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Fromm, E. (2000). Autobiographical Sidelights by Erich Fromm. Int. Forum Psychoanal., 9(3-4):251-253.
    

(2000). International Forum of Psychoanalysis, 9(3-4):251-253

Autobiographical Sidelights by Erich Fromm

Erich Fromm

The Family Background

Being the only child of two overly anxious parents did not, of course, have an altogether positive effect on my development, but over the years I've done what I could to repair that damage (1). … Superficially seen, I can say, my parents were German middle-class Jews. I was an only child; my father was a practising orthodox Jew quite erudite in all matters pertaining to Jewish matters. But that is really on the surface. I actually would say I grew up in the middle ages, by which I don't mean something negative but rather something very positive (2).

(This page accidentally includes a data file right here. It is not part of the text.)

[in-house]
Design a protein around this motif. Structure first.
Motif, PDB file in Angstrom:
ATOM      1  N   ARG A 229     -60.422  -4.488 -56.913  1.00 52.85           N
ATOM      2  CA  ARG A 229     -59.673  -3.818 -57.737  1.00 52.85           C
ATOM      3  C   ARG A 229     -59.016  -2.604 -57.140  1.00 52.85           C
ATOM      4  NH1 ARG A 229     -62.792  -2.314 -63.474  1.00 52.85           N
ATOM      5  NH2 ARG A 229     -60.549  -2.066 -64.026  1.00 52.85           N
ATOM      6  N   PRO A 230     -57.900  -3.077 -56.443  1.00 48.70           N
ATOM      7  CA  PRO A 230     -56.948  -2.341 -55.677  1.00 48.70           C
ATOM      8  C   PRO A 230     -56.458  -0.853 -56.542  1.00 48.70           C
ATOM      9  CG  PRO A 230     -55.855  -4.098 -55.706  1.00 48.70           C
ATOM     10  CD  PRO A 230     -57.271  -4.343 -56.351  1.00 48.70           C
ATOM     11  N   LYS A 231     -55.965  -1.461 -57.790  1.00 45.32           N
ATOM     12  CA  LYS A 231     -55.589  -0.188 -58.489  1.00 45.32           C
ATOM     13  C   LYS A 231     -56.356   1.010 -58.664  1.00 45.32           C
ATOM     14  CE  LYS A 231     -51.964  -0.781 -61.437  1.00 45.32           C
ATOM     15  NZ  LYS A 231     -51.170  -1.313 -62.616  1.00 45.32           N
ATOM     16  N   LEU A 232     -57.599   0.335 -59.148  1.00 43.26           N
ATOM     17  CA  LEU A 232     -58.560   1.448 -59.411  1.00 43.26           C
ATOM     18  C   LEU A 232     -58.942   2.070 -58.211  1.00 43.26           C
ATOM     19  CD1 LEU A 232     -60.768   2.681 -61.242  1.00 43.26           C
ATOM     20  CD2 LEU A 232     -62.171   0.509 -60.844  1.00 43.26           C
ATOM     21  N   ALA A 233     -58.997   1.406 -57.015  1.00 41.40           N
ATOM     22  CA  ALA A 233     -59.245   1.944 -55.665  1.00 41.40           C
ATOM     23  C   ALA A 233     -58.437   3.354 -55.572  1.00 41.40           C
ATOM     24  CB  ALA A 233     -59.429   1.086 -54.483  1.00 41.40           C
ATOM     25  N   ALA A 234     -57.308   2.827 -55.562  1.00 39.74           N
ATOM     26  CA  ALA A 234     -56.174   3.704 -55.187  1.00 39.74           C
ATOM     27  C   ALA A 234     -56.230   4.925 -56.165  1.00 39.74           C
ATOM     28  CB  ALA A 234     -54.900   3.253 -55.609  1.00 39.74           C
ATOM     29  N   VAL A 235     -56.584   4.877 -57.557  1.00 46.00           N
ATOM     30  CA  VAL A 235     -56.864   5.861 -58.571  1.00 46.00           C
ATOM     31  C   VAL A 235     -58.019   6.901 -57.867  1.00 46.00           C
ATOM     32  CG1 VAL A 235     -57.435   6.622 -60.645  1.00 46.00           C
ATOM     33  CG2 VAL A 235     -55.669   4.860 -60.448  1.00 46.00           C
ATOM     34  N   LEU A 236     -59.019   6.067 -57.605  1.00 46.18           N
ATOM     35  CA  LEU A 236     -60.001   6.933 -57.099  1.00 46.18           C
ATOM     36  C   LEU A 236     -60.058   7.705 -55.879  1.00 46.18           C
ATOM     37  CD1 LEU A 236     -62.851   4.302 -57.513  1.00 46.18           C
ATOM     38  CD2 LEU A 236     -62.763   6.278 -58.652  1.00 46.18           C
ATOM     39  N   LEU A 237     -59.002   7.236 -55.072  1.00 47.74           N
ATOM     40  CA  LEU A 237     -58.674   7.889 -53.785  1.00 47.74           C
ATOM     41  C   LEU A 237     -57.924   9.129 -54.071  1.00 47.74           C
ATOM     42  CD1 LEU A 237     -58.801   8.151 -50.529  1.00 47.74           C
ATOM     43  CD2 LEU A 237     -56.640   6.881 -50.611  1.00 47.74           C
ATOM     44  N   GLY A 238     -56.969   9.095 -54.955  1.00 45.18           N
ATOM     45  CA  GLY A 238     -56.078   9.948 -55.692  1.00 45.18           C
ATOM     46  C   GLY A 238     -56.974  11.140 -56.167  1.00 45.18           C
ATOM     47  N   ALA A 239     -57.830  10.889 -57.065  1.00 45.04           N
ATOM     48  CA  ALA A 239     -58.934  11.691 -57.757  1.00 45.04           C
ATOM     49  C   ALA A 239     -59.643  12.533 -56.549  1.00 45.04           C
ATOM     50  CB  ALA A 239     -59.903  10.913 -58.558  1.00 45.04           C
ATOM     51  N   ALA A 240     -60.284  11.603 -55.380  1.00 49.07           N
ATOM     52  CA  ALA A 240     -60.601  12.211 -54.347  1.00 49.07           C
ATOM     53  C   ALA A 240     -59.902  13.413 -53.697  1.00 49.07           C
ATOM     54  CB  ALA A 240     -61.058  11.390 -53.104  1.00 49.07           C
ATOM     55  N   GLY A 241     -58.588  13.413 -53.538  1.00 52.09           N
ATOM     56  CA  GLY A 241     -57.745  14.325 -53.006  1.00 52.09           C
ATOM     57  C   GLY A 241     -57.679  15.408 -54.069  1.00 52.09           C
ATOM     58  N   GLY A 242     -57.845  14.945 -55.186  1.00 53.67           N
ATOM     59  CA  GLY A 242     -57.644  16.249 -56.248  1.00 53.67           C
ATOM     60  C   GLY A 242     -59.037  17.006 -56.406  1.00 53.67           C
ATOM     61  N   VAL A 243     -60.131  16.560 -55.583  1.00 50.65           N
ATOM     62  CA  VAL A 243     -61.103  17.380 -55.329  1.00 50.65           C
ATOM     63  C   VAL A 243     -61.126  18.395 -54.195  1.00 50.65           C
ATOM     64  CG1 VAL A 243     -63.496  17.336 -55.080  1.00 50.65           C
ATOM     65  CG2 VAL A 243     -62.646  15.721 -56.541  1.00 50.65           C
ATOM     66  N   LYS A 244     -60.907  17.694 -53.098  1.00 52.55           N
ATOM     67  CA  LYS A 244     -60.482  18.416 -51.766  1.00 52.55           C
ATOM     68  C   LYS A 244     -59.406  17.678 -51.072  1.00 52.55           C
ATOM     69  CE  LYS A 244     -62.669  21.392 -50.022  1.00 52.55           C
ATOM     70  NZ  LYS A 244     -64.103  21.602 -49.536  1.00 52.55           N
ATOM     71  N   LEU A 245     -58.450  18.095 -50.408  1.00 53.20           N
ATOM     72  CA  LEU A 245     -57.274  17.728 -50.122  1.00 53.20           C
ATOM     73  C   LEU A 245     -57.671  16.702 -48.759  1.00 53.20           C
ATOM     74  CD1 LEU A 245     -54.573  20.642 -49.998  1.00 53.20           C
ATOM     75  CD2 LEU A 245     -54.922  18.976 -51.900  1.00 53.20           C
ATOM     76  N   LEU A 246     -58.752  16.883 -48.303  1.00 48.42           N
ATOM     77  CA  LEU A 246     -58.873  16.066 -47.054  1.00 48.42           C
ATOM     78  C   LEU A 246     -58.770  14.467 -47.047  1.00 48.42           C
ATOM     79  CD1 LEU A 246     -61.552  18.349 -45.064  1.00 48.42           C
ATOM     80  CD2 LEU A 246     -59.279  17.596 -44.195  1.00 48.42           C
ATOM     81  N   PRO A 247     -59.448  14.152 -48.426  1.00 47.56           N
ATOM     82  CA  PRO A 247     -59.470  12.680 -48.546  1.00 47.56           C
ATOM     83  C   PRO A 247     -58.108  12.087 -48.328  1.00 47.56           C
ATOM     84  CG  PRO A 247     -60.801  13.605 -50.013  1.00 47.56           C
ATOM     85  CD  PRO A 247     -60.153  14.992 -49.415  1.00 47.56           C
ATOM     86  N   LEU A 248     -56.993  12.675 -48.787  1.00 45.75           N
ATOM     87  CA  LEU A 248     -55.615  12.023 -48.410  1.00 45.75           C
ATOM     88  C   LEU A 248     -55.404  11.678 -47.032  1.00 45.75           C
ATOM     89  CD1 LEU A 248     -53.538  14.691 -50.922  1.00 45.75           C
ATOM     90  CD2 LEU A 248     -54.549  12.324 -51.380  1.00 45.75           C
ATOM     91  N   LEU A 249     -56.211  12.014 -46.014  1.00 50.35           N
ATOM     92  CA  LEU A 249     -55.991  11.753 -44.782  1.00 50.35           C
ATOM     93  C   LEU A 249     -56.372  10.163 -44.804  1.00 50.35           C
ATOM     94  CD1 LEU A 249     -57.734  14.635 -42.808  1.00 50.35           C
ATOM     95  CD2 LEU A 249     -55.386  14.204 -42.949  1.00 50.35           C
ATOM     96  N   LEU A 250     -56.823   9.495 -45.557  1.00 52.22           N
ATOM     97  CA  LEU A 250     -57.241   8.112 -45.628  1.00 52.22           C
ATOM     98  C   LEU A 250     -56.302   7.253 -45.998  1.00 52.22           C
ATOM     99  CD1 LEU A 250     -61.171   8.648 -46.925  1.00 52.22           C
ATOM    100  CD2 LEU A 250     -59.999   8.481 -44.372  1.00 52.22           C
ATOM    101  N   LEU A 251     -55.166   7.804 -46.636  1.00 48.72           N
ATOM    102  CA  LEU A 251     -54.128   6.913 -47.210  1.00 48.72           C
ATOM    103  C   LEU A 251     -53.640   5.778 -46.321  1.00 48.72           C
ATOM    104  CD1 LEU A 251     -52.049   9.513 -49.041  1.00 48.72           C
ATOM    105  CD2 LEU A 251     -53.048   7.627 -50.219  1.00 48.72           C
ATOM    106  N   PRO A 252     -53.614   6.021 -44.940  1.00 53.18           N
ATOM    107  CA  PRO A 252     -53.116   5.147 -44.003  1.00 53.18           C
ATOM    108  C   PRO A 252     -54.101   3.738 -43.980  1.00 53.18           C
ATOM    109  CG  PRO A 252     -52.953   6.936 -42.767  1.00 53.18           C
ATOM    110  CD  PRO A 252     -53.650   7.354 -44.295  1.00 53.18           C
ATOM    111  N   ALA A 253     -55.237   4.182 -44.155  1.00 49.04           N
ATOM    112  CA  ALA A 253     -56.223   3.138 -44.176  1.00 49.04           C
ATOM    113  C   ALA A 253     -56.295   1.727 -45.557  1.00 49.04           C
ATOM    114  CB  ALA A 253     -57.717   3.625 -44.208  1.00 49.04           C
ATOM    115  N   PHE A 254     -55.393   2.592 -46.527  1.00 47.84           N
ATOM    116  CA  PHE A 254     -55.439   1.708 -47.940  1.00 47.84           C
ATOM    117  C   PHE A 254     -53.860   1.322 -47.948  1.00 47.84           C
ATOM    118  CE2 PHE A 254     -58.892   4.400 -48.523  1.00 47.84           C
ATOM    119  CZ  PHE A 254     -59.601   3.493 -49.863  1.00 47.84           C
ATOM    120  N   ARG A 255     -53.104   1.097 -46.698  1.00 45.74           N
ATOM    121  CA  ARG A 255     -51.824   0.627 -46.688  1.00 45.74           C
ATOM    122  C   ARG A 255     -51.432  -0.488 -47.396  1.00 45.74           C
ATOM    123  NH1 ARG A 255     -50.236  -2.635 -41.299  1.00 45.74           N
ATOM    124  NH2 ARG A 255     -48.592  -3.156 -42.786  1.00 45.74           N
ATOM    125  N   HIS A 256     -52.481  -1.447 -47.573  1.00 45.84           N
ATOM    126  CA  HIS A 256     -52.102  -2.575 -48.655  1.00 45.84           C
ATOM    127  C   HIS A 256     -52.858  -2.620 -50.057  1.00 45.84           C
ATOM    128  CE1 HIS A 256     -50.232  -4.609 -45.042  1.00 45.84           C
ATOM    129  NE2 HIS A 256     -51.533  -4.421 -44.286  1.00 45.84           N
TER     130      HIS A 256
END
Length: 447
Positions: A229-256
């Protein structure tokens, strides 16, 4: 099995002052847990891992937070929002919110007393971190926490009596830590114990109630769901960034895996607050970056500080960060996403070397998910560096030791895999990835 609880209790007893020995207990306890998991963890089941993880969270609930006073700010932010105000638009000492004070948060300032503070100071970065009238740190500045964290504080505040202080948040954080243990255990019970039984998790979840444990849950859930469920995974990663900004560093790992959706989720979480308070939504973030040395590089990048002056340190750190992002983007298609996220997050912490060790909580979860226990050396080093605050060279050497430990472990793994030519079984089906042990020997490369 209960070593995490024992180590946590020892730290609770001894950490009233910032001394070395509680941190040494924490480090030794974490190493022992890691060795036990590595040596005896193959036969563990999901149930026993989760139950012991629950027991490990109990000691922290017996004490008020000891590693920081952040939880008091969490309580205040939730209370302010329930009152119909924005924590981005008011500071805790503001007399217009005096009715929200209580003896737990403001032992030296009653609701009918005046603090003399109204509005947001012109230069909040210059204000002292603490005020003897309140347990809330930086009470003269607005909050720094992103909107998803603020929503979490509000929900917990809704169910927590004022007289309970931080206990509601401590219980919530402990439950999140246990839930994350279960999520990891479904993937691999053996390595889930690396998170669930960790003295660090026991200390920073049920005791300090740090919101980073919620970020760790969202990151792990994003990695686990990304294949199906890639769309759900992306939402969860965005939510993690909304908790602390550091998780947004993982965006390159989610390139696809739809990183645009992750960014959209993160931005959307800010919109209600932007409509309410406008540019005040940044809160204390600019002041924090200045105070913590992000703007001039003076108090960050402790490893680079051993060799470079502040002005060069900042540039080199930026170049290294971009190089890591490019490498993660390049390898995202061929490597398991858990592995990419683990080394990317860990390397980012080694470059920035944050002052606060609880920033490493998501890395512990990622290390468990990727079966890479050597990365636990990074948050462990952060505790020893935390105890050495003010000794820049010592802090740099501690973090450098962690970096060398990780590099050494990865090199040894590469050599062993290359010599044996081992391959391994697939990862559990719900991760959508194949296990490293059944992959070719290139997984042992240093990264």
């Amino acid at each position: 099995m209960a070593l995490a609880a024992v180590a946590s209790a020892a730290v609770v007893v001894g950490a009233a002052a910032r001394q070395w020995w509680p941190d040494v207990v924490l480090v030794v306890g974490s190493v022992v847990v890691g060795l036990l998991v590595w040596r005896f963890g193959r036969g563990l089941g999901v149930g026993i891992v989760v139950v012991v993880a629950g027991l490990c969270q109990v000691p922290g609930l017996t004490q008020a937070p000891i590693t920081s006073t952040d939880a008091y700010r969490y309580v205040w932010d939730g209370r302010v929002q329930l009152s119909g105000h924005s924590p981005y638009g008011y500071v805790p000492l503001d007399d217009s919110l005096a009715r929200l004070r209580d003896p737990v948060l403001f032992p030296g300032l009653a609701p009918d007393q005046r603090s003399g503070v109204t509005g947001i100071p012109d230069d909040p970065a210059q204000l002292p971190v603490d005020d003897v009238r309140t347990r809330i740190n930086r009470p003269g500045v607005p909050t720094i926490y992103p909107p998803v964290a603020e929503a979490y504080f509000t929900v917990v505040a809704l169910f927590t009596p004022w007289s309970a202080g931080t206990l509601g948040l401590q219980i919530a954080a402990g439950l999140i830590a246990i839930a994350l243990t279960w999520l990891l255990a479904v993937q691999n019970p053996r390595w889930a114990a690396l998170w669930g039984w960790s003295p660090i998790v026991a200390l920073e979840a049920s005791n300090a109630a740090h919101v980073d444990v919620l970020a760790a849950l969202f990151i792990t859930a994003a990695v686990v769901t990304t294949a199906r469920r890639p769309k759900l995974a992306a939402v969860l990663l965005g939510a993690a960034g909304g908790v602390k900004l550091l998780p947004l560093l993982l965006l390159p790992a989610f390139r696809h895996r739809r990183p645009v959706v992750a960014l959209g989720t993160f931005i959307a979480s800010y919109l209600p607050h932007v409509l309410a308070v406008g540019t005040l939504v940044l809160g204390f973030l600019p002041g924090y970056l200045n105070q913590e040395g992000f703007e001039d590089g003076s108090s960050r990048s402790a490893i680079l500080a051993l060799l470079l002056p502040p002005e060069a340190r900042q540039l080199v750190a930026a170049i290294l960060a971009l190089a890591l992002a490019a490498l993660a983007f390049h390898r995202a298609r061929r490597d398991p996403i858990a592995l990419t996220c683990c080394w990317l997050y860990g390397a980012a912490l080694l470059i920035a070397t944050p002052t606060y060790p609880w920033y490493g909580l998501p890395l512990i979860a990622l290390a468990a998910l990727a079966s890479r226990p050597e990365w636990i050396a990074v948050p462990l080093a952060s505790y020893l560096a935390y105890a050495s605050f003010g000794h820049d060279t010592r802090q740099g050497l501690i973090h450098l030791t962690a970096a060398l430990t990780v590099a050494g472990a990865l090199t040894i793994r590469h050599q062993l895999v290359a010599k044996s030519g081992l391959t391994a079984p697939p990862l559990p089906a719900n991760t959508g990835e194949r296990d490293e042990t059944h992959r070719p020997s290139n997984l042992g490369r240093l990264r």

The Background of Tradition

The whole family story, so to speak, was that of rabbinical ancestors, who sat the whole day and studied the Talmud and were not the slightest bit interested in making money or in trade, or in anything of that kind. My great grandfather, for instance, happened to be one of the famous Jewish rabbis of his time; he lived in a small town of Bavaria and made his living by owning a small store and sometimes by travelling a little bit and selling his goods. As the story goes, when a customer came in, interrupting him from the study of the Talmud, he showed some annoyance and asked: Is there any other store here? Why do you have to come to interrupt me? (2).

The Sense of the World

I was exposed to the same influences as every other young German during this time. But I had to deal with them in my own way. Not only because one always had an exceptional—not necessarily unpleasant—position as a Jew in Germany but also because I felt quite at home neither in the world I lived in, nor in the old world of traditions (3).

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